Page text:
The FBI has studied more than one hundred serial killers and their uncanny psychological resemblance is extraordinary, which makes previous serial killers a good reference point for catching present ones. Because of that fact, the FBI created the National Center for the Analysis of Violent Crimes (NCAVC) for the Behavioral Sciences Division to examine serial killers, mass murderers, and other violent criminals for use in further criminal investigations(42).
To date, no universally accepted typology for violent serial offenders exists. There is no common language that both the law enforcement community and the mental health community use to describe violent criminal behavior, or to discuss motive and means. Even the best classification efforts, produced by such groups of motivated and respected individuals as the National Center for the Analysis of Violent Crime, have yet to be widely accepted. This is largely because everyone associated with the field has their own idea about the criminal mind, and none of the professionals involved like to be told how to think about criminal behavior by someone else. The progeny of this unhappy relationship between law enforcement and mental health is a lack of mutual understanding and discarded professional respect on both sides of the fence.
Not enough psychologists and psychiatrists have been to a crime scene, and not enough investigators have studied principles of psychology, psycopathology, and human behavior. Each could greatly benefit from the experiences of the other. More importantly, the successful investigation of a violent serial offender often takes skills from both disciplines(Davis 13).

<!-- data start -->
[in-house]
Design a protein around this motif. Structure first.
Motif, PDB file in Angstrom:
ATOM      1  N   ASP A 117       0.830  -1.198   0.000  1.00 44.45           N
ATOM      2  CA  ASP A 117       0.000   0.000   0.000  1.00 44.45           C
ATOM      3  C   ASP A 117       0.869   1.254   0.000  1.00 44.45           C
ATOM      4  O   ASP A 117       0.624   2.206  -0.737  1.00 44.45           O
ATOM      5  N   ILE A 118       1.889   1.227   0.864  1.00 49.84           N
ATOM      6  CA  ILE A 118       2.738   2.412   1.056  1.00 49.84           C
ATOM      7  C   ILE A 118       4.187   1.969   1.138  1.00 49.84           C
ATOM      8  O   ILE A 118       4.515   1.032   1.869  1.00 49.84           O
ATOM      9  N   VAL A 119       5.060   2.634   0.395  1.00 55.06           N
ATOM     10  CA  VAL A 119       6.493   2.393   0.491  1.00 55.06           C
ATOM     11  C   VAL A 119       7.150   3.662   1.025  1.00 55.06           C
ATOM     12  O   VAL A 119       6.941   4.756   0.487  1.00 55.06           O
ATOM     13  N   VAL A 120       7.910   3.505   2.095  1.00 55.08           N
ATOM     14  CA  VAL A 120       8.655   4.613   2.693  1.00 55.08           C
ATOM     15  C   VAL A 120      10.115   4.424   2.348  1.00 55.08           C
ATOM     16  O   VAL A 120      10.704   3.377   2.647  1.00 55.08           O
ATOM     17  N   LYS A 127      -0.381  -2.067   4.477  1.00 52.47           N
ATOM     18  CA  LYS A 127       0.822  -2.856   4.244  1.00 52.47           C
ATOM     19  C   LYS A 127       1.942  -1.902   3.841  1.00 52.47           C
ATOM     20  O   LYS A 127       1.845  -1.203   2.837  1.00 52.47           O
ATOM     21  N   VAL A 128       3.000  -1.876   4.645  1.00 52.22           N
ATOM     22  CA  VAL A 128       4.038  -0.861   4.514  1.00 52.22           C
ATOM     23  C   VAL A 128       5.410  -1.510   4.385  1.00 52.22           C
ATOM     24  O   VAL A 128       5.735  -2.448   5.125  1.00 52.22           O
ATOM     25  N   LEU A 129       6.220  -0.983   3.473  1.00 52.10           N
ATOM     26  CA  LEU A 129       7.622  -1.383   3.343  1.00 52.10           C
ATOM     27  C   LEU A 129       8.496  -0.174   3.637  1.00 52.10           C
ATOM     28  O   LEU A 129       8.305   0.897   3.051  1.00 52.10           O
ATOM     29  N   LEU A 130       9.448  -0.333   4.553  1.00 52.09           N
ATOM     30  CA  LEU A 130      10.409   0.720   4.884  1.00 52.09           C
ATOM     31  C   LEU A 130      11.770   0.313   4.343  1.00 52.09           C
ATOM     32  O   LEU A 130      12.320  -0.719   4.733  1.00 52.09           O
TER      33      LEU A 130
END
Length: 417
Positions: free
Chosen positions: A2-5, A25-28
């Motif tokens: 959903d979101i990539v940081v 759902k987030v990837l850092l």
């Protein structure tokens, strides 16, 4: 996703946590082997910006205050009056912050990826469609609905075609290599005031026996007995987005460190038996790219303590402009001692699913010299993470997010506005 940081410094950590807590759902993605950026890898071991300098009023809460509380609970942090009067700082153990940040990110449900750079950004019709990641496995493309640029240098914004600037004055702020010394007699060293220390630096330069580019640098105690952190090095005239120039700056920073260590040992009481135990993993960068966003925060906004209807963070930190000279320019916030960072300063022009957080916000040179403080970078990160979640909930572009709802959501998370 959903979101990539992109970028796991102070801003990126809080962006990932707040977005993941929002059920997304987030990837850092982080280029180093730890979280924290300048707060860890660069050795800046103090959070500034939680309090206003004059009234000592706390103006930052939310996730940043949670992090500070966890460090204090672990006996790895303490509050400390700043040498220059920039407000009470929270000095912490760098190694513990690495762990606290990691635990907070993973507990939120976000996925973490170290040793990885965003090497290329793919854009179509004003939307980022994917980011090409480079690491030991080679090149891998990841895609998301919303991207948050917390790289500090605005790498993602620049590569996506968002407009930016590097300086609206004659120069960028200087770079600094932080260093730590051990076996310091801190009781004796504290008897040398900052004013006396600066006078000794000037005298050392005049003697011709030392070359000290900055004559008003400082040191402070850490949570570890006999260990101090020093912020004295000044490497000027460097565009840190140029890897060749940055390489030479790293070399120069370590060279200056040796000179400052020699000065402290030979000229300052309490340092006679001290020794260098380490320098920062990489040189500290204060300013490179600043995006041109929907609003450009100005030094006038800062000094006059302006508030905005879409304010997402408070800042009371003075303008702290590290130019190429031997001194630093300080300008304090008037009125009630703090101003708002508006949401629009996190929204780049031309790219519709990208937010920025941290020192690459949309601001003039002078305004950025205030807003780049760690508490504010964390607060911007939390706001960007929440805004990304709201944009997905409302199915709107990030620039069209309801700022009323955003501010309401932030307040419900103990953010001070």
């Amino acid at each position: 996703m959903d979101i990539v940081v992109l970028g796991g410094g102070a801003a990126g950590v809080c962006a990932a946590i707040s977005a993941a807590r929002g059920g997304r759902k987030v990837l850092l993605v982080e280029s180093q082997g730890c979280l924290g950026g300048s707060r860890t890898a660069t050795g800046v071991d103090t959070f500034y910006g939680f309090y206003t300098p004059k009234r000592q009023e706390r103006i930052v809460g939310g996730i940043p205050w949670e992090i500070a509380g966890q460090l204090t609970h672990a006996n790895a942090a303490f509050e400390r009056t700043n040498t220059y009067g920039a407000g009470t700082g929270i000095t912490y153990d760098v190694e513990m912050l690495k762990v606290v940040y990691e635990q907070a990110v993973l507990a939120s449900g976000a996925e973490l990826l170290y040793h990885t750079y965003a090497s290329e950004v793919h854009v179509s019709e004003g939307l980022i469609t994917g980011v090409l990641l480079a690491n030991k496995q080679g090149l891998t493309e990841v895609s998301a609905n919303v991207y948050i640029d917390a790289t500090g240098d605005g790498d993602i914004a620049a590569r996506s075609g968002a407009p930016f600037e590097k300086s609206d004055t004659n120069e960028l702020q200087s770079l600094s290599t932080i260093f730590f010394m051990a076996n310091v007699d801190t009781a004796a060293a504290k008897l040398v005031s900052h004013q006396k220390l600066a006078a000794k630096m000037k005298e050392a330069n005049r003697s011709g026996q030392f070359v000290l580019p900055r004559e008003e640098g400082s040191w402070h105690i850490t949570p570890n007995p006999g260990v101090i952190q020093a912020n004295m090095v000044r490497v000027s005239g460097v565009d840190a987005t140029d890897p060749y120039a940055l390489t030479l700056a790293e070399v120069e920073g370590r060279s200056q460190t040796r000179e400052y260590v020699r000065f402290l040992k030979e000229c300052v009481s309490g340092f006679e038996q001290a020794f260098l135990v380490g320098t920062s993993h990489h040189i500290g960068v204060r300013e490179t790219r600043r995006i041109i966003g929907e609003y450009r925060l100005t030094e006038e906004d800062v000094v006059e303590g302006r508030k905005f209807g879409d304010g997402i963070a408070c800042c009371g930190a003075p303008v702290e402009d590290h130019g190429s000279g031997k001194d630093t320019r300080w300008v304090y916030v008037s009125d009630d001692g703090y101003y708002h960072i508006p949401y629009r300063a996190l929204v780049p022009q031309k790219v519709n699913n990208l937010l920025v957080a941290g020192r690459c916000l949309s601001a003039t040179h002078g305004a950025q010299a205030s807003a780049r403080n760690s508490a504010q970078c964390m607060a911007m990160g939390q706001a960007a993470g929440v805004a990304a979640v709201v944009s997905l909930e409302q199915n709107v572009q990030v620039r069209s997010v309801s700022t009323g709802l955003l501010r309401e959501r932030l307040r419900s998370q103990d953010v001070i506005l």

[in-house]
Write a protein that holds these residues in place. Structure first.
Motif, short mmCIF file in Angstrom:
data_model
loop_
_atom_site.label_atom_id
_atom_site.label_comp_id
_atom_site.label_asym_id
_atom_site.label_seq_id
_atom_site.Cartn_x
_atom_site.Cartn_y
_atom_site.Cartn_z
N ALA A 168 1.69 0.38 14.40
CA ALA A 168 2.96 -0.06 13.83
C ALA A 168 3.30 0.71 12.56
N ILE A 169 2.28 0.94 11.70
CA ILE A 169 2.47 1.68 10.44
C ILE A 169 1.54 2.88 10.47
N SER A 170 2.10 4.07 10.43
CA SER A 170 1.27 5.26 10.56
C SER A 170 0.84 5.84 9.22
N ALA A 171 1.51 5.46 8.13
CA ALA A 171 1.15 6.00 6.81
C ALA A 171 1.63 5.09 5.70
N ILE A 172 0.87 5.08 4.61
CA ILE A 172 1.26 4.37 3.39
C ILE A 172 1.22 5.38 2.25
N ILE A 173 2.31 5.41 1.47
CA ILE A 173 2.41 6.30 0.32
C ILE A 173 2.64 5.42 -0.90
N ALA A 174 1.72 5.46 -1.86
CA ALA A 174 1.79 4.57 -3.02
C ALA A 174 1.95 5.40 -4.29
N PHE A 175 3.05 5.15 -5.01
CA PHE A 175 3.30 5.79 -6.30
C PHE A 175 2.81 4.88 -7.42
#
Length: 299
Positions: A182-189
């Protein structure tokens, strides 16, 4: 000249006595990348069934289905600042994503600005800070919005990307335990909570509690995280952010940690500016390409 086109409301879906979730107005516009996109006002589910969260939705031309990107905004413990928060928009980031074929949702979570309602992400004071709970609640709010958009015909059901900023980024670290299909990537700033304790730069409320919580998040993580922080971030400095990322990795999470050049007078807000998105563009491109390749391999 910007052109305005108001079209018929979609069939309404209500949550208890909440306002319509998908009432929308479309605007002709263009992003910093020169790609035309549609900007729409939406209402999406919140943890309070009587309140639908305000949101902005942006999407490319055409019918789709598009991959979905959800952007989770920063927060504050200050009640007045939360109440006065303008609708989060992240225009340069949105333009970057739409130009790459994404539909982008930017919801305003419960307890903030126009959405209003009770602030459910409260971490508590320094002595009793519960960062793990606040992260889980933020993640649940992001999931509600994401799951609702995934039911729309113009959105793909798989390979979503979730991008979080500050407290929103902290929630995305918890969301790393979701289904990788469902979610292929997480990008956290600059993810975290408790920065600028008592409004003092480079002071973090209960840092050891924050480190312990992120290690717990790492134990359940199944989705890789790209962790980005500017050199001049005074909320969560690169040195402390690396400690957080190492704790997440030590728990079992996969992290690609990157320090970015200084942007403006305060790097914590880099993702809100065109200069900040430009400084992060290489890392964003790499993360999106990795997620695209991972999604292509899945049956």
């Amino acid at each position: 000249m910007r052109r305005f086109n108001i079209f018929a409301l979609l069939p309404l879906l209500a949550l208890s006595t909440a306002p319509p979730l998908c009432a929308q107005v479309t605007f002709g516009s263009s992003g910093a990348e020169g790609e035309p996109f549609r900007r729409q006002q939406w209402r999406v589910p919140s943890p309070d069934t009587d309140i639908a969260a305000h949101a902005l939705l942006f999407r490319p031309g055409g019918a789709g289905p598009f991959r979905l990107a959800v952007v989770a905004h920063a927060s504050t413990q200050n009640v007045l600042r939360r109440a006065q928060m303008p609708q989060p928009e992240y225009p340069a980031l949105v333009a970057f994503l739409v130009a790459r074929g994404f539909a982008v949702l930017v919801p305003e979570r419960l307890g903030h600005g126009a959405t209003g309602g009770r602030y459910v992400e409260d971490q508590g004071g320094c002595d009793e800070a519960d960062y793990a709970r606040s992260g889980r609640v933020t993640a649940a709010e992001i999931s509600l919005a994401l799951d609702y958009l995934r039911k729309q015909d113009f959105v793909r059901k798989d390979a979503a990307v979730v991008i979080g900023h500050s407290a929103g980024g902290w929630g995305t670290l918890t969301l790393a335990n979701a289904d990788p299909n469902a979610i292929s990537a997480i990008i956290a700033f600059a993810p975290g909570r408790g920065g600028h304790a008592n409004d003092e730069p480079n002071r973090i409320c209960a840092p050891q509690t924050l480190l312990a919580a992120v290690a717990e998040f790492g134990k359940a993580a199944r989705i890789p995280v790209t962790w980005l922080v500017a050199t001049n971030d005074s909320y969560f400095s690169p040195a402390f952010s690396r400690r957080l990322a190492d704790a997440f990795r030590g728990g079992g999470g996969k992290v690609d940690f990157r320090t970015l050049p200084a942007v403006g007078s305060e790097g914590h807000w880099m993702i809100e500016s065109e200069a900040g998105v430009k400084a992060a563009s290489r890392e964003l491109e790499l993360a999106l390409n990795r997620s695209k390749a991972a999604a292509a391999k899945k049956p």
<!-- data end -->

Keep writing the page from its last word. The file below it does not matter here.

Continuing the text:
Most of these individuals have long criminal histories and become progressively more violent as they grow older and gain more experience. Their killings are almost always sexually motivated and are part of an elaborate sexual fantasy that builds up to a climax during the actual killing. Many of these violent episodes are directed at women and children, although there are homosexual killers who like to hunt gay men. The victims of choice are prostitutes, male hustlers, drifters, etc, easy prey that wouldn’t be immediately missed. As adults most are substance abusers of one sort or another and all grew up in violent households. Several enjoy necrophilia and cannibalism and keep some sort of trophy from the kill, such as body parts, personal effects, and pictures or video to relive the event over and over again. For some, David Berkowitz for example, just returning to the crime scene or rolling in the dirt on the grave sites is enough to excite them.